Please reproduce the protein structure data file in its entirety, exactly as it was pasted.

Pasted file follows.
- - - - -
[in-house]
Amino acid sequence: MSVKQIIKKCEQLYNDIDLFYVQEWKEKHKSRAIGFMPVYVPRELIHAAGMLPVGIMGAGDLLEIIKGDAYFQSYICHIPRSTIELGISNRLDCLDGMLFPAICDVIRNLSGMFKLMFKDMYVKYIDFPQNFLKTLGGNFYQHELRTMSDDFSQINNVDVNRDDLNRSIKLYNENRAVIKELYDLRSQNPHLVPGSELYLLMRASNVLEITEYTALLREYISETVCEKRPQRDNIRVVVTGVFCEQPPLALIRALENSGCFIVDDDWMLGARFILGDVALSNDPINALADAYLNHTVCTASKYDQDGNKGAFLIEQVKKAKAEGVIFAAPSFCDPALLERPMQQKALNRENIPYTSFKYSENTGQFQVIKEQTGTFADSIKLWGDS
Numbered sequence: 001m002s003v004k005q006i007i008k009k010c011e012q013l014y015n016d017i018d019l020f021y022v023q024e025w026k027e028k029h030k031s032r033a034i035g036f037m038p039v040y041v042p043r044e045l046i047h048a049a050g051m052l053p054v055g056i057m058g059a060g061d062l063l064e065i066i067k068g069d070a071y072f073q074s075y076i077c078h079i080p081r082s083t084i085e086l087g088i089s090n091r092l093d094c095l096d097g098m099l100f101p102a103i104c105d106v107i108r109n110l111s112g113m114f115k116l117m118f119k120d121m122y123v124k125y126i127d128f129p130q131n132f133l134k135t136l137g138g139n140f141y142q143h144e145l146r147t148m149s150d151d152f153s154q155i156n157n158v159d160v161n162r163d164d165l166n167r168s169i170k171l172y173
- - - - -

[in-house]
Amino acid sequence: MSVKQIIKKCEQLYNDIDLFYVQEWKEKHKSRAIGFMPVYVPRELIHAAGMLPVGIMGAGDLLEIIKGDAYFQSYICHIPRSTIELGISNRLDCLDGMLFPAICDVIRNLSGMFKLMFKDMYVKYIDFPQNFLKTLGGNFYQHELRTMSDDFSQINNVDVNRDDLNRSIKLYNENRAVIKELYDLRSQNPHLVPGSELYLLMRASNVLEITEYTALLREYISETVCEKRPQRDNIRVVVTGVFCEQPPLALIRALENSGCFIVDDDWMLGARFILGDVALSNDPINALADAYLNHTVCTASKYDQDGNKGAFLIEQVKKAKAEGVIFAAPSFCDPALLERPMQQKALNRENIPYTSFKYSENTGQFQVIKEQTGTFADSIKLWGDS
Numbered sequence: 001m002s003v004k005q006i007i008k009k010c011e012q013l014y015n016d017i018d019l020f021y022v023q024e025w026k027e028k029h030k031s032r033a034i035g036f037m038p039v040y041v042p043r044e045l046i047h048a049a050g051m052l053p054v055g056i057m058g059a060g061d062l063l064e065i066i067k068g069d070a071y072f073q074s075y076i077c078h079i080p081r082s083t084i085e086l087g088i089s090n091r092l093d094c095l096d097g098m099l100f101p102a103i104c105d106v107i108r109n110l111s112g113m114f115k116l117m118f119k120d121m122y123v124k125y126i127d128f129p130q131n132f133l134k135t136l137g138g139n140f141y142q143h144e145l146r147t148m149s150d151d152f153s154q155i156n157n158v159d160v161n162r163d164d165l166n167r168s169i170k171l172y173